Legion, Legion, Legion.
My beautiful, heady, unwieldy love – what am I to do with you? Three years ago, you broke my mind with breath-taking visuals, psychedelic narratives, and a compelling discourse about mental illness. But by your final season, all that you left me with was a visual tapestry that felt like it should mean something, but ended up as meaningless as a conversation between two old acid-heads, discussing the nature of color.
Not to say that Season Three didn’t bring me some joy, dearest Legion. Dan Stevens continues to be a revelation, Audrey Plaza is still brilliant, and Jermaine Clement? Oh my! Syd’s fairy tale, bottle episode on the astral plane was a pleasant time-out from the complicated mess of a storyline. And, Jason Mantzoukas’s turn as the big, bad wolf? Well, that was just a stroke of casting genius.
Noah Hawley’s directorial vision still stuns me throughout your final death throws, and the twisty-turny narrative of time travelers, hunted by demons, searching for a cure to the future, felt like it should bear relevance. Unfortunately for you, my sweet, sweet, Legion … it didn’t.
You, like your fellow Marvel brethren, fell victim to the siren’s call that plagues almost all superhero stories. The stakes became too great. In season one, the goal was loose. How do we solve a problem like David? In season two, your cracks began to show — the minotaur was a little much, wasn’t it? But still, even a year ago, the results were personal. David’s character flaws hurt the people we know.
By your final season, my gorgeous, hallucinatory Legion, the stakes were colossal. If David failed to go back and time and eliminate Farouk before he could enter David’s consciousness, present-day David would destroy the world in an effort to go back in time to destroy Farouk? Gone is the nit-picking with Lenny. The struggles to earn the affection of Syd are irrelevant. All of the story up to this point is now moot. The everyday struggles of the previous two seasons and of every character are pointless. When the fate of the world rests on a single story line, no matter how convoluted that storyline might be, the importance of the story feels diminished. Why do I care what happens when it’s either all or nothing? Why do I care about any character development when the fate of everything is on the line? In a world where everything is at risk, nothing matters.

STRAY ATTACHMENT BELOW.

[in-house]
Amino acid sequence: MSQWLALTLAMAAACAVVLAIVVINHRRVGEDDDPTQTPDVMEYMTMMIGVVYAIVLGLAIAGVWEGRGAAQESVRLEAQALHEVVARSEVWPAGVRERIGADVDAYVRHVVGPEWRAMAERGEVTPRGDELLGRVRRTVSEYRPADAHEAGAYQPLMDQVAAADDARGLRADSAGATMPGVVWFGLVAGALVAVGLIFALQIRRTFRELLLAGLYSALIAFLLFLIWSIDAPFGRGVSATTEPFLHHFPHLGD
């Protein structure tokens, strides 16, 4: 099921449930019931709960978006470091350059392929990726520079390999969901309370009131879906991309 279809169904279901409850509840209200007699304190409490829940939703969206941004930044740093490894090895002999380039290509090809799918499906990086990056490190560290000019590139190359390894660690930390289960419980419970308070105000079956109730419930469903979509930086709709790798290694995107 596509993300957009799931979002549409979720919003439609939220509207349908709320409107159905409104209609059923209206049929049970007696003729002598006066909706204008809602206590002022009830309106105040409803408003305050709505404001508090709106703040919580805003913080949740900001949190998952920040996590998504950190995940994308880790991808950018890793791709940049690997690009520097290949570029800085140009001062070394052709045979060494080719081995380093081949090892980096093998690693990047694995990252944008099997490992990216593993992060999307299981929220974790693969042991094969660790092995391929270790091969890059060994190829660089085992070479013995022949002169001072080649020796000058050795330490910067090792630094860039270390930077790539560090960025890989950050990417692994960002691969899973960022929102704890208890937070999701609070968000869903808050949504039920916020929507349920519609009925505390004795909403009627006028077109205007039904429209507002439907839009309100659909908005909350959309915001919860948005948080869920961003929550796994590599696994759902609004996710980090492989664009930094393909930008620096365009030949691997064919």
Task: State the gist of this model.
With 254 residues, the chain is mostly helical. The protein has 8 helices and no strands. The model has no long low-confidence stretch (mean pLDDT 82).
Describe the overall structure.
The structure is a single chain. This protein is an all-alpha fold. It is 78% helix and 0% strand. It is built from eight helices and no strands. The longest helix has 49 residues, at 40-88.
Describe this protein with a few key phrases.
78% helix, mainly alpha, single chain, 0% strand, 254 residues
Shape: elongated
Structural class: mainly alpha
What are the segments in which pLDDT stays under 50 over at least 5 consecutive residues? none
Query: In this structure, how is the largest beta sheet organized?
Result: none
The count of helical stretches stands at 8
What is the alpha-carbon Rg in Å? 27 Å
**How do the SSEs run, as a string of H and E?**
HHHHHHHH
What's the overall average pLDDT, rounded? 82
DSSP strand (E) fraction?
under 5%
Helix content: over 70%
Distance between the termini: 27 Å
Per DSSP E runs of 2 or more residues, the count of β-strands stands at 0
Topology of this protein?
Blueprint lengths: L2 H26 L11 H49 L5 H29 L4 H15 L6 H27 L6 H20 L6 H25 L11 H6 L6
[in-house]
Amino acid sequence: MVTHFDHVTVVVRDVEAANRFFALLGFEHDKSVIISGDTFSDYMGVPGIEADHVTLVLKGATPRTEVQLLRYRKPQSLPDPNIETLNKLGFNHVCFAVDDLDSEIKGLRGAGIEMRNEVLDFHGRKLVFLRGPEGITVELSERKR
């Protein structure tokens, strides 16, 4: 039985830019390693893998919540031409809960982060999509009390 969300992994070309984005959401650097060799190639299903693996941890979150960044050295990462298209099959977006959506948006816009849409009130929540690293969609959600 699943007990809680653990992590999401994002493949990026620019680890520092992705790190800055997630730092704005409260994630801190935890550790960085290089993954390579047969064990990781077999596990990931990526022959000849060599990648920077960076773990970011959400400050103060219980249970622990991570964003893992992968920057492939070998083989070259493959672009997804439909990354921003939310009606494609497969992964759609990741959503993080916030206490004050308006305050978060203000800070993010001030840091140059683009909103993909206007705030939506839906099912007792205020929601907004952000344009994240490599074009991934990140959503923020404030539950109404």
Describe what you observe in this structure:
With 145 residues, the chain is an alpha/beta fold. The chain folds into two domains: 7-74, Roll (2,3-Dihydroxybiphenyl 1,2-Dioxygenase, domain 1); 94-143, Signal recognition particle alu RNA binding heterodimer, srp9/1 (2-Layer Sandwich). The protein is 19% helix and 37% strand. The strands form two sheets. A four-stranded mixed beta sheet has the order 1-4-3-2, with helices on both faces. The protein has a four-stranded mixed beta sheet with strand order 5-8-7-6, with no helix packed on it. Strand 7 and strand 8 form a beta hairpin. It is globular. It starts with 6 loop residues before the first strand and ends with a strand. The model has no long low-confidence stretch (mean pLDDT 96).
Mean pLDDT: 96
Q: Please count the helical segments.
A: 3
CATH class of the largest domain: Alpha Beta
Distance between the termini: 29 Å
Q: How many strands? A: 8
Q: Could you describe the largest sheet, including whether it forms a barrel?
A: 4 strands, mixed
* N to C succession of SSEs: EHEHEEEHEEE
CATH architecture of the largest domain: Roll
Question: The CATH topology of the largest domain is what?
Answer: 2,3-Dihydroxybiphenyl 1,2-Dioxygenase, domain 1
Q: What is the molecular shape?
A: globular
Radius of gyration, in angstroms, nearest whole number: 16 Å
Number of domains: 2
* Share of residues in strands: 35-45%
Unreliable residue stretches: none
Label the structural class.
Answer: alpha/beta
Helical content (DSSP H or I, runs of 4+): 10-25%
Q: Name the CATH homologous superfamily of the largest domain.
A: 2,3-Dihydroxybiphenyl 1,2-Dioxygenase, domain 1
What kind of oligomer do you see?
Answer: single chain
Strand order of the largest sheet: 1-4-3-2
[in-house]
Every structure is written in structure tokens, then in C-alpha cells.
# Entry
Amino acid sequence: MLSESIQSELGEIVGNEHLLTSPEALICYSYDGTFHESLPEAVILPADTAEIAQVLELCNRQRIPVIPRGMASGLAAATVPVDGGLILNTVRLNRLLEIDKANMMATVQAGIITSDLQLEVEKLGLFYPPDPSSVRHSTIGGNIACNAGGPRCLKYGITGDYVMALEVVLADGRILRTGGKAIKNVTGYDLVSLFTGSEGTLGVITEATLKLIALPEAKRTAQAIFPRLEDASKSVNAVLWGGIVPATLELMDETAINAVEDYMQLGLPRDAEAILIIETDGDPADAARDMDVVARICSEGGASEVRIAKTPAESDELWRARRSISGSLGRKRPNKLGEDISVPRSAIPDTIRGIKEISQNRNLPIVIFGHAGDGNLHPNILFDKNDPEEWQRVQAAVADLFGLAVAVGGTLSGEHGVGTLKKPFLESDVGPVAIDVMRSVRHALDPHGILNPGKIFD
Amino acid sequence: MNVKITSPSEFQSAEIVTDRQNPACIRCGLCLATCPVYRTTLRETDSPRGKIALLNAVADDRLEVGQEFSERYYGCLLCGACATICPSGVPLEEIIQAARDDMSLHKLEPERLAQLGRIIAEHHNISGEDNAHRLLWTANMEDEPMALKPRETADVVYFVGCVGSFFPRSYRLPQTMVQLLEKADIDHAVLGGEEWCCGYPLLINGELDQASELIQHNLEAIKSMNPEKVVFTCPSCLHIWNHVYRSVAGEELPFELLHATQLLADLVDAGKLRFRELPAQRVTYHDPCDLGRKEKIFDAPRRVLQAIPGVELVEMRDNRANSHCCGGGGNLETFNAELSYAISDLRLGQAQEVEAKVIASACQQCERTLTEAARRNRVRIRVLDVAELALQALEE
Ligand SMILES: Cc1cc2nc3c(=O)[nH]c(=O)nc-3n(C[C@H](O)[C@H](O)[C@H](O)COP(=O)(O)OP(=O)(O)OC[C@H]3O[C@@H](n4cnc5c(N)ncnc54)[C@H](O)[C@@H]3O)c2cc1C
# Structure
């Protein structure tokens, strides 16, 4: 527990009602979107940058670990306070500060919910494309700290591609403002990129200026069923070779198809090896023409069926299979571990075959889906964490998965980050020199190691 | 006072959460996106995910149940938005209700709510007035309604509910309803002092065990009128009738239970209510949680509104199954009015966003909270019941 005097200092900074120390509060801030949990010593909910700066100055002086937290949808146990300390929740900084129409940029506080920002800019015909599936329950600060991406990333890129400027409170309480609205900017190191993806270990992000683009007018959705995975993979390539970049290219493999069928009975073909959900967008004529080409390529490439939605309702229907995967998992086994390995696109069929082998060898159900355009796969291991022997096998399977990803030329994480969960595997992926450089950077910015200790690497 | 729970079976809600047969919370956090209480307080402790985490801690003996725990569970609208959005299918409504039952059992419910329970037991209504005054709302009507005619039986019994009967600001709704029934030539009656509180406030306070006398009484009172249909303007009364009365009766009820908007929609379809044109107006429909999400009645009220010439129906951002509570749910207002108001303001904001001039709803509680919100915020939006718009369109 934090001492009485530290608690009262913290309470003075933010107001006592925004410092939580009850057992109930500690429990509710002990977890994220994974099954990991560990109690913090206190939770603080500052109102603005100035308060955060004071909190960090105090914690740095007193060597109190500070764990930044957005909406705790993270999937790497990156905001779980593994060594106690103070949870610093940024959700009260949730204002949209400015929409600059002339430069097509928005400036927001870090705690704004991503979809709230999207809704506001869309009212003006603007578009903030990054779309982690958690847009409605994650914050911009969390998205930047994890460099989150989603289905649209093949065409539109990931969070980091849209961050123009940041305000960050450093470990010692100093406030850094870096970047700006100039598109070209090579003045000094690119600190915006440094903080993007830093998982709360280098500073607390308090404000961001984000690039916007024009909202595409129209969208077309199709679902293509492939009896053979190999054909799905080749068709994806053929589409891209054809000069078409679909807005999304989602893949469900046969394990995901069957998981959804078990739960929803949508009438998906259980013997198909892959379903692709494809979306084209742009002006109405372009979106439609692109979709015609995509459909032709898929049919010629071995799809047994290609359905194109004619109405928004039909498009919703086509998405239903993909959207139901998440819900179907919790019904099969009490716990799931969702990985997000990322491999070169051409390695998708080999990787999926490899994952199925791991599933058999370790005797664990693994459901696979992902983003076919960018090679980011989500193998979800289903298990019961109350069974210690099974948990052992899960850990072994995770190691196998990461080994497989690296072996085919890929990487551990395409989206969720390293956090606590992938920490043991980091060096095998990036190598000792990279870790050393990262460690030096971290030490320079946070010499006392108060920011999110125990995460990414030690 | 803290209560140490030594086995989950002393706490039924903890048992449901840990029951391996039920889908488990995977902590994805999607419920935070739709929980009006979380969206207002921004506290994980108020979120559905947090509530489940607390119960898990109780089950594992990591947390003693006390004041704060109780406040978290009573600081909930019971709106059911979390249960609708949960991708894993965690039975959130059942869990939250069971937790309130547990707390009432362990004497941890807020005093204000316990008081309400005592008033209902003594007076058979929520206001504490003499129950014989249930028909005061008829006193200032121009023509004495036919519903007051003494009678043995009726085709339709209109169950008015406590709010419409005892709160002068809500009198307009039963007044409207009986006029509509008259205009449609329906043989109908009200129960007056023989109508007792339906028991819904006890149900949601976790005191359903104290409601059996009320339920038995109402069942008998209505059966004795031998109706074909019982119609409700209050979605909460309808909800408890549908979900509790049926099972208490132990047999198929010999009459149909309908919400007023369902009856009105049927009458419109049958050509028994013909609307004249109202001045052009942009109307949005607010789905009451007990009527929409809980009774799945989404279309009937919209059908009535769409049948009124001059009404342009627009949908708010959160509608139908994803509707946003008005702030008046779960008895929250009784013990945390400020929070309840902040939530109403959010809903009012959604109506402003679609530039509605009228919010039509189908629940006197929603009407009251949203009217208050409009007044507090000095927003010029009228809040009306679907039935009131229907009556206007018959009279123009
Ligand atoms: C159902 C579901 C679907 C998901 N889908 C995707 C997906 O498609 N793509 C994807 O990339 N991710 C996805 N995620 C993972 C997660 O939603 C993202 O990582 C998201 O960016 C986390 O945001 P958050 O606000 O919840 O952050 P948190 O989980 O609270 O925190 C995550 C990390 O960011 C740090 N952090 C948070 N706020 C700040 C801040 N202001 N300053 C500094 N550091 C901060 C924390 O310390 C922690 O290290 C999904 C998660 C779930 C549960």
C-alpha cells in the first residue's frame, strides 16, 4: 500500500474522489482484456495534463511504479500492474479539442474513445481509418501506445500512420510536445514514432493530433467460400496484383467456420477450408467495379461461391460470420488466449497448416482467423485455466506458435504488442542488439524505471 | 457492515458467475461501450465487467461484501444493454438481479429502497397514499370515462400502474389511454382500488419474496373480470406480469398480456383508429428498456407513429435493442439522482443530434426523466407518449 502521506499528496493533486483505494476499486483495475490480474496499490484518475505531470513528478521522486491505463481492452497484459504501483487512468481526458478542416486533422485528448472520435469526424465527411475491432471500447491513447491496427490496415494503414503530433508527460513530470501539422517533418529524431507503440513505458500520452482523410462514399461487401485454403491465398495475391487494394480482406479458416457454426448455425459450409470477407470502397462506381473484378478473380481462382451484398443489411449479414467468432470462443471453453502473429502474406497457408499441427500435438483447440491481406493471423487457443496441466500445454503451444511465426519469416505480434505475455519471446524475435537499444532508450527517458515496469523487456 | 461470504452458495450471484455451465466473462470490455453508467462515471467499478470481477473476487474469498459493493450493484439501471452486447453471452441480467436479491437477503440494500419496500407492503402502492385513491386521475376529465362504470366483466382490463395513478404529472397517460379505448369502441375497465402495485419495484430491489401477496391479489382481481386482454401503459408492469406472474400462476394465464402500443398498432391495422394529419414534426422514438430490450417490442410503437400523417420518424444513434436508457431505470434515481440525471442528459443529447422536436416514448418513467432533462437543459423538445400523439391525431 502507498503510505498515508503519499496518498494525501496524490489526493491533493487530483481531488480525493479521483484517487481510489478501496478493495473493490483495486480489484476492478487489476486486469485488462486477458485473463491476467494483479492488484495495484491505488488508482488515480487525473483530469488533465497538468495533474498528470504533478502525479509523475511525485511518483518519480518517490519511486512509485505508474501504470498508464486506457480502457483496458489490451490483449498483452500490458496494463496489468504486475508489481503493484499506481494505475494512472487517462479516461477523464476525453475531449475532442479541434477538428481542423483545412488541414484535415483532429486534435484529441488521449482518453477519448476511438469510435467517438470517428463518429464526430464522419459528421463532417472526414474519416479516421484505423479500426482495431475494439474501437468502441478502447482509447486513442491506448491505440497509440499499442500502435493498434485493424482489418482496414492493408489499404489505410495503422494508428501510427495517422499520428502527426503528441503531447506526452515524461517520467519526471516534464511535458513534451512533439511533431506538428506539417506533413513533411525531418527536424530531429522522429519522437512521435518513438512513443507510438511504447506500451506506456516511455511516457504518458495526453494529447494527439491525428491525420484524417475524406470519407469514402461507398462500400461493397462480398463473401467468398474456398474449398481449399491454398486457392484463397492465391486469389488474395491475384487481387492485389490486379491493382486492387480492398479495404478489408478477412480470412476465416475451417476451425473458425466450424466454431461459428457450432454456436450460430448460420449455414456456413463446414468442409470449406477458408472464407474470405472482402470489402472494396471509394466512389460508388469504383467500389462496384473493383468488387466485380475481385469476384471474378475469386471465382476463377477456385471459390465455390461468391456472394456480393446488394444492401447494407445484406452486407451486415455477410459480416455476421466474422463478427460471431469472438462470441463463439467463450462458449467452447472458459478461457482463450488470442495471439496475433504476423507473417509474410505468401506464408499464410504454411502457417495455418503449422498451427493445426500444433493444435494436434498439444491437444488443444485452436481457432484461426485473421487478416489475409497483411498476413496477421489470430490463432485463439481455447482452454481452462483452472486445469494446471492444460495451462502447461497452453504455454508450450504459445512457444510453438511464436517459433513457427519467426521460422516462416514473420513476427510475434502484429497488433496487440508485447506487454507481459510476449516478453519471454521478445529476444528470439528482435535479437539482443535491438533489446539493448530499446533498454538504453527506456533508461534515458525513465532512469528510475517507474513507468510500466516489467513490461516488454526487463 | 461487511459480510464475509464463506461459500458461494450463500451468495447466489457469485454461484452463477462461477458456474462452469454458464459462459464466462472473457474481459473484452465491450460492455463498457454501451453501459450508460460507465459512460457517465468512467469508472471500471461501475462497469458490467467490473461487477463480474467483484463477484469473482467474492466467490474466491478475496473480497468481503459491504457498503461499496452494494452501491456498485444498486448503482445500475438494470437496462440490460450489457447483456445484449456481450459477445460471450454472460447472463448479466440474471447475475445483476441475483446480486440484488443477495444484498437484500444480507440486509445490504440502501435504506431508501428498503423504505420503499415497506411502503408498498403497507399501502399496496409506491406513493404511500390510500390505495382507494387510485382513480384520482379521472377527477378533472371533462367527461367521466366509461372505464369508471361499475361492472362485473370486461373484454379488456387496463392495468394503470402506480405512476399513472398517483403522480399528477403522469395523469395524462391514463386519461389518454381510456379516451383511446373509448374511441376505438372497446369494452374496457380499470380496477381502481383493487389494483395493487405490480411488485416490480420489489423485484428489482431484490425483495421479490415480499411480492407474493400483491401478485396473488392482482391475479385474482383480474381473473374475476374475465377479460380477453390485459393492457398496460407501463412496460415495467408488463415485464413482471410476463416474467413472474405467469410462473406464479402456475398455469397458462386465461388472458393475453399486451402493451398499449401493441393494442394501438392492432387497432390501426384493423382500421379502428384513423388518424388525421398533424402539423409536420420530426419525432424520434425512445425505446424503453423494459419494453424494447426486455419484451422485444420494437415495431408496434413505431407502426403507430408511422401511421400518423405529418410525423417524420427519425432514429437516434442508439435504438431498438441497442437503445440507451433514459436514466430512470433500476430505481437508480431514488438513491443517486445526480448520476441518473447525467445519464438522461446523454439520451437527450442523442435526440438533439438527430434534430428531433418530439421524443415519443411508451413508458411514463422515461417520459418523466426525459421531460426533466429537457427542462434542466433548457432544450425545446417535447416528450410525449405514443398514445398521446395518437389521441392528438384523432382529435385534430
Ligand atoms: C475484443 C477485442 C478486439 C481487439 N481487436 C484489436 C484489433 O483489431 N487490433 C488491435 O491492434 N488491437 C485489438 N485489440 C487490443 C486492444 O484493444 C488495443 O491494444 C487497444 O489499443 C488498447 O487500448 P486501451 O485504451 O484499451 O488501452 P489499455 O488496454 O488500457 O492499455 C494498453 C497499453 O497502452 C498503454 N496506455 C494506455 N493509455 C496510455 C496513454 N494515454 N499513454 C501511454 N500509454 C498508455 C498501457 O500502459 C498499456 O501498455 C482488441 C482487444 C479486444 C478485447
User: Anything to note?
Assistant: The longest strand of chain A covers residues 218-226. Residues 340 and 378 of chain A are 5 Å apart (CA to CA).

What am I to do with you, Legion? You sumptuous feast for the eyes – you opulent clusterfuck of ambition. How do I understand your multitudes? How do I balance your beauty with your glaring narrative flaws?
Maybe it would have been better if FX would have shut you down after season one, leaving yours a life of unseen promise!
“Oh Lord!” we would have wailed. “What a tragedy that we cannot follow such promise? Such vision! Firefly, Freaks and Geeks, and Legion. All that lost potential!”
Little did we know, though, that if you, dearest Legion, had been cut down in the prime of your youth, nobody would have to suffer through a rap battle or a 5-minute Pink Floyd music video. Nobody would have been dragged through a time-travel story that, in the end, meant nothing.
But no, I did sit through all of the mess, all of the tumult, all of the chaos, for one reason. Because you, cherished Legion, marvel of the Marvel universe, are beautiful! For all your faults, and believe me, there are plenty, you never gave up the unique sense of neon-psychedelia that brought me to your doorstep in the first place. And for that, I’ll always be grateful!